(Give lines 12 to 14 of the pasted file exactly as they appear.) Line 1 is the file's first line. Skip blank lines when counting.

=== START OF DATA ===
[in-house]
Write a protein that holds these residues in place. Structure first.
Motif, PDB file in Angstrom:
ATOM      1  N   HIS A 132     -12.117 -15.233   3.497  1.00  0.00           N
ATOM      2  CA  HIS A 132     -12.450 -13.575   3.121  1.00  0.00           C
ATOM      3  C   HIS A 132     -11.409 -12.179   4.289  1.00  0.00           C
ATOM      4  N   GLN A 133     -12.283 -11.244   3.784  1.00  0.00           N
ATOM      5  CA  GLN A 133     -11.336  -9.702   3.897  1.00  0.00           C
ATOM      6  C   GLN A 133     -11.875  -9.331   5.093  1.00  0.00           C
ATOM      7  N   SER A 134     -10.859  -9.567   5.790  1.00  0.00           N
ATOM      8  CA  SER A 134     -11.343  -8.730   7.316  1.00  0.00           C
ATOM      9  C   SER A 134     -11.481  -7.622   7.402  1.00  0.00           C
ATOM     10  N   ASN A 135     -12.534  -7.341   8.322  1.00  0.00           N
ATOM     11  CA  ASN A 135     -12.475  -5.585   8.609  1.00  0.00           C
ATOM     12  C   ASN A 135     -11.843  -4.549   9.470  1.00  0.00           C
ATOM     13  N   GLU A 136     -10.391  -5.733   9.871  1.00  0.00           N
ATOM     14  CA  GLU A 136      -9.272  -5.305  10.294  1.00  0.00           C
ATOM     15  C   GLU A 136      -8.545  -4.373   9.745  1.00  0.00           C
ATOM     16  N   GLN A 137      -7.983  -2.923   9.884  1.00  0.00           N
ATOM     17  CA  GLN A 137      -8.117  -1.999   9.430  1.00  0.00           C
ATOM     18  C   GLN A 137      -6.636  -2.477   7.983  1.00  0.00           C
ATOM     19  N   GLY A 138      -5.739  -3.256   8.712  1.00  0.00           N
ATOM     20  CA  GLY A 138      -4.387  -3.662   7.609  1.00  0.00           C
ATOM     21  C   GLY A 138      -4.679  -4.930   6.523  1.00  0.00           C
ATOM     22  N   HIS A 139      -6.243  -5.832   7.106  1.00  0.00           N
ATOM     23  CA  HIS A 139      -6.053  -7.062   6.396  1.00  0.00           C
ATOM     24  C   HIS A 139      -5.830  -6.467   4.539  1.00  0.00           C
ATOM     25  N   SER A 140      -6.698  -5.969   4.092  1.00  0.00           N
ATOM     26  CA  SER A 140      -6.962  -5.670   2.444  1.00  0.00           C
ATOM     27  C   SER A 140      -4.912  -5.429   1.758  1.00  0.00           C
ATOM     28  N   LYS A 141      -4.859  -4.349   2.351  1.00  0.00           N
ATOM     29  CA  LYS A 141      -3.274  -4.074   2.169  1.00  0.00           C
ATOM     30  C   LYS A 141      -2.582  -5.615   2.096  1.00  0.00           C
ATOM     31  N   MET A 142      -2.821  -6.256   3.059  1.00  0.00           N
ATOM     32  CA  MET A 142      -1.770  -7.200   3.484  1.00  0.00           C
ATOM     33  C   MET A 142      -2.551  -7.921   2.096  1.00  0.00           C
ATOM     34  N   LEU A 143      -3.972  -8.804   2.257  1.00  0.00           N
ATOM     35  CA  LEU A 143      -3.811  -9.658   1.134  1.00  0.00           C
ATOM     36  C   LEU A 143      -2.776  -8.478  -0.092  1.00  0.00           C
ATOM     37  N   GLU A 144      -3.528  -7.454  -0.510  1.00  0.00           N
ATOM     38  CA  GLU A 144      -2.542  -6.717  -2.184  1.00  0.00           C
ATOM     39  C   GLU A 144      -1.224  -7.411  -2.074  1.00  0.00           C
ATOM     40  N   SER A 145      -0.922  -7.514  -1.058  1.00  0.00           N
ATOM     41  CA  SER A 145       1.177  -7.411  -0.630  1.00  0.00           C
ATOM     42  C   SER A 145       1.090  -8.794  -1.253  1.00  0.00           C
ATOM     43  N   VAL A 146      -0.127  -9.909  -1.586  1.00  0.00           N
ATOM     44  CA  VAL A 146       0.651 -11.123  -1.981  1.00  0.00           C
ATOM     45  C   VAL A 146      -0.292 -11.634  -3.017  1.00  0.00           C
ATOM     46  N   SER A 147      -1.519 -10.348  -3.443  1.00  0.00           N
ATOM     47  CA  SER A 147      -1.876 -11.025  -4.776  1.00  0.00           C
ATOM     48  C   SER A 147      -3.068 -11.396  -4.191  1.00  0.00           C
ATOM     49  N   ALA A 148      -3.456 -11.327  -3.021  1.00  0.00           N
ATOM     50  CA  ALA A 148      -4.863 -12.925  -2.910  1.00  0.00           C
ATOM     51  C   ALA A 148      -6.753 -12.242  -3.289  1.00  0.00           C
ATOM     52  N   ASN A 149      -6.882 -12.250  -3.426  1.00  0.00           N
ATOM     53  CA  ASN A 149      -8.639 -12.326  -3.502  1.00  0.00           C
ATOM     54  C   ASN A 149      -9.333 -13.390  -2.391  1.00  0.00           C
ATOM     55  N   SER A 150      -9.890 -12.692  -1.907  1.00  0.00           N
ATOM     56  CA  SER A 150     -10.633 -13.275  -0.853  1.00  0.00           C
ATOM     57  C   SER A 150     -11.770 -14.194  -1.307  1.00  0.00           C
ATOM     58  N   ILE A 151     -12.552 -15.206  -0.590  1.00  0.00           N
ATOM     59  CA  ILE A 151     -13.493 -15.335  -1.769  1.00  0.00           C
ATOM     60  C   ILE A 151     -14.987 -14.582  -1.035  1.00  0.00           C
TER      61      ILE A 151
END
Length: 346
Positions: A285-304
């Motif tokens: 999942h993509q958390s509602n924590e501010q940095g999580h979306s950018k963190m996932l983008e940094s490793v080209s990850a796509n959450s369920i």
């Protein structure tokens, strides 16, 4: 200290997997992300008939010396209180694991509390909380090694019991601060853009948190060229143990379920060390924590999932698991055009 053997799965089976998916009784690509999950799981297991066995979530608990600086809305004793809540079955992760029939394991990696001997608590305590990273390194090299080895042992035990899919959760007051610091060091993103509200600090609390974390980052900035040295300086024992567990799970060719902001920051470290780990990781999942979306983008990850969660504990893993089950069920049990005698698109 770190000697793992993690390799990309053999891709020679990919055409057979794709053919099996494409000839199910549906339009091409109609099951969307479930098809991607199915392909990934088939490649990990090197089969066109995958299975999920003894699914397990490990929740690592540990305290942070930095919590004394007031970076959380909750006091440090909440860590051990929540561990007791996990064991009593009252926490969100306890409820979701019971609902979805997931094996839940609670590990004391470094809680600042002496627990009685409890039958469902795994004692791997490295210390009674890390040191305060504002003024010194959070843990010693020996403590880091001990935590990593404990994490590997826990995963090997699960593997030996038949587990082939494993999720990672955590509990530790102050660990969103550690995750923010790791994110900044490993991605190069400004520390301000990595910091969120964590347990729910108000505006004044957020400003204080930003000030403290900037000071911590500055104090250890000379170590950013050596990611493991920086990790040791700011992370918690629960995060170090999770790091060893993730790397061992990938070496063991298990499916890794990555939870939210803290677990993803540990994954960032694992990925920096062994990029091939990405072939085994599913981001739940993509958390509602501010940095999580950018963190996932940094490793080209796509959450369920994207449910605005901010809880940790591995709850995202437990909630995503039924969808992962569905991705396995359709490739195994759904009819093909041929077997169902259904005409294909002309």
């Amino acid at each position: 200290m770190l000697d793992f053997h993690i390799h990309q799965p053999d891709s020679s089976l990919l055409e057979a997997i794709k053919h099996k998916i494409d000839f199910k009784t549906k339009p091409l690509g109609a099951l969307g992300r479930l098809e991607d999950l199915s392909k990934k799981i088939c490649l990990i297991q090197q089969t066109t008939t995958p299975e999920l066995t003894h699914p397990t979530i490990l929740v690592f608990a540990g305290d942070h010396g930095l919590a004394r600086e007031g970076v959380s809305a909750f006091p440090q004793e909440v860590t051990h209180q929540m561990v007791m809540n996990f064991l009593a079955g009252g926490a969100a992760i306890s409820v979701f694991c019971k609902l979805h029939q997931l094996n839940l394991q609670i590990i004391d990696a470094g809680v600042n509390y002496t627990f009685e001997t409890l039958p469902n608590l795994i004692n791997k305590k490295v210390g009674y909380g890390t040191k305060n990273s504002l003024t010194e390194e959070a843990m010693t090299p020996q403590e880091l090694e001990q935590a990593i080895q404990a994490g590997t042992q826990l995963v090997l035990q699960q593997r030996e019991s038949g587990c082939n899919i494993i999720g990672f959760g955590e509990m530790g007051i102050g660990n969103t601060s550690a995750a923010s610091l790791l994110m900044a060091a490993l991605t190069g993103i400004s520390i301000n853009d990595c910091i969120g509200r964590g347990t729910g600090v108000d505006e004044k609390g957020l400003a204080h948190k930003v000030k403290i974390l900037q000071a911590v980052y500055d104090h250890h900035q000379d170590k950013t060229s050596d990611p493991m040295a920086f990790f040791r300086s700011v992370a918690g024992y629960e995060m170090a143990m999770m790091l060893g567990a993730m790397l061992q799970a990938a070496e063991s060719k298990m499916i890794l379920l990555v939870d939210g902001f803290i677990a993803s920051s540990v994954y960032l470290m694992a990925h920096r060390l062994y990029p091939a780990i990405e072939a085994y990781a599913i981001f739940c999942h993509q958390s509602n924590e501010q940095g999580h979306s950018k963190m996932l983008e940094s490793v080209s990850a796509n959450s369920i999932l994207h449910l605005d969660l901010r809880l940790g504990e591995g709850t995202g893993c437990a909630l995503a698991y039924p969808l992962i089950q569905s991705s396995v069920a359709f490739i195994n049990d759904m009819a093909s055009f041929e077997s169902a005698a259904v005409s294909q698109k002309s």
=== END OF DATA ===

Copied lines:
ATOM      9  C   SER A 134     -11.481  -7.622   7.402  1.00  0.00           C
ATOM     10  N   ASN A 135     -12.534  -7.341   8.322  1.00  0.00           N
ATOM     11  CA  ASN A 135     -12.475  -5.585   8.609  1.00  0.00           C